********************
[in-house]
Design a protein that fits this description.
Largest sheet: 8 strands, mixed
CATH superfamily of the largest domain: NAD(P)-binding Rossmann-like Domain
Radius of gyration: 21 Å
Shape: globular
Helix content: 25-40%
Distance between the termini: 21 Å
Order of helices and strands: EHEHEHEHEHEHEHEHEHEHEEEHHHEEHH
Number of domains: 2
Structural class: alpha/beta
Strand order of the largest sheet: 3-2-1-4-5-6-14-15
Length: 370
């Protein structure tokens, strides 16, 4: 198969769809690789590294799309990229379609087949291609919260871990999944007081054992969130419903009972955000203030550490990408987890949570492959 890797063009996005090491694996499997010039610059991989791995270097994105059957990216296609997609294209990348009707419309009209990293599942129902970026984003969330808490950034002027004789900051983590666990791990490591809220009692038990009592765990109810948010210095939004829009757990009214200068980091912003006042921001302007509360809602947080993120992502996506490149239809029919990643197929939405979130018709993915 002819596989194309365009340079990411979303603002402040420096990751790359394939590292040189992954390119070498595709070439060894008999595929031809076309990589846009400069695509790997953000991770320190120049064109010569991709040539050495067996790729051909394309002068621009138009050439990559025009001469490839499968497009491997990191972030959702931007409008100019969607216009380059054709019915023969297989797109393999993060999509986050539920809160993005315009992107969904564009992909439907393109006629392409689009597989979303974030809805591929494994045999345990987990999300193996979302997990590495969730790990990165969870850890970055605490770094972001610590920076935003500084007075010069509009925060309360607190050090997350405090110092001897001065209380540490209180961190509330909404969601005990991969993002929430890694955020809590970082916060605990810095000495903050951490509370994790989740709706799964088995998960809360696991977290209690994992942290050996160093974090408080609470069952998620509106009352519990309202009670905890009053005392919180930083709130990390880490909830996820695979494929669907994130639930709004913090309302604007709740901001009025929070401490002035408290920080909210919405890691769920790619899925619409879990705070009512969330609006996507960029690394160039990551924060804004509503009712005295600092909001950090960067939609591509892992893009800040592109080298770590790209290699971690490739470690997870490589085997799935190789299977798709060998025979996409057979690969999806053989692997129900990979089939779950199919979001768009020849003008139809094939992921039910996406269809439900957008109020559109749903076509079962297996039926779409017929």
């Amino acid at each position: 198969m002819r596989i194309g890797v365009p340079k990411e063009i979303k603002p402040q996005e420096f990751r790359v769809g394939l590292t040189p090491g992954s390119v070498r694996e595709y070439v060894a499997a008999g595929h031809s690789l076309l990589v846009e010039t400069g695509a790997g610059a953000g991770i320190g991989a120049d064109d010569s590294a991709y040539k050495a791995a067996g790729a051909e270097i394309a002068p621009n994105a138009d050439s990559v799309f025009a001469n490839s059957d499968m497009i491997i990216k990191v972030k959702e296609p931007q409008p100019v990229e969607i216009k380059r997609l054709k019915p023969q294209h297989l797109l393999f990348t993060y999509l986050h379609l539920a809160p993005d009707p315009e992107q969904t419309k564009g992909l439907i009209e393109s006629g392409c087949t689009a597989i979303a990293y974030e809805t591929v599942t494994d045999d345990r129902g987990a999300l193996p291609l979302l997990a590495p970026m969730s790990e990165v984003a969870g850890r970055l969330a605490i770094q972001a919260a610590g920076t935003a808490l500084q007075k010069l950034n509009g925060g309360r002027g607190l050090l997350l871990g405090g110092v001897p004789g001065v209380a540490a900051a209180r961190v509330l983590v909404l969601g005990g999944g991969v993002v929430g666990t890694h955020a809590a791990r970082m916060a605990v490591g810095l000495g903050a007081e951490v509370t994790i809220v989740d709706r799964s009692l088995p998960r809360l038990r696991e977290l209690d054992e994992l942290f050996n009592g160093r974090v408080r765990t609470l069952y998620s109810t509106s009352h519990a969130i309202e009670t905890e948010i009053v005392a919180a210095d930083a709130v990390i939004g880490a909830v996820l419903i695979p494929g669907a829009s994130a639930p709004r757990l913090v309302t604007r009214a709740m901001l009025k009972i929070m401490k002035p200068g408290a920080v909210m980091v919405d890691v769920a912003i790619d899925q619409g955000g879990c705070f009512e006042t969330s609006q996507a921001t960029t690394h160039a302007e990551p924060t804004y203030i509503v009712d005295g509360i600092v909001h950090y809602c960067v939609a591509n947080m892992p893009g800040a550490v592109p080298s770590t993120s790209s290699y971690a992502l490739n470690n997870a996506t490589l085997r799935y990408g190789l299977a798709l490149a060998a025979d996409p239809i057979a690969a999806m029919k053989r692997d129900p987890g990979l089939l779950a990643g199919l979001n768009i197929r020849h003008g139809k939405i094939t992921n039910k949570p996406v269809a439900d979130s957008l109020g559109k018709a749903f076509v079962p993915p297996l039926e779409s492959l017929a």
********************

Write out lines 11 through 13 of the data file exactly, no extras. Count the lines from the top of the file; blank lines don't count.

Structural class: alpha/beta
Strand order of the largest sheet: 3-2-1-4-5-6-14-15
Length: 370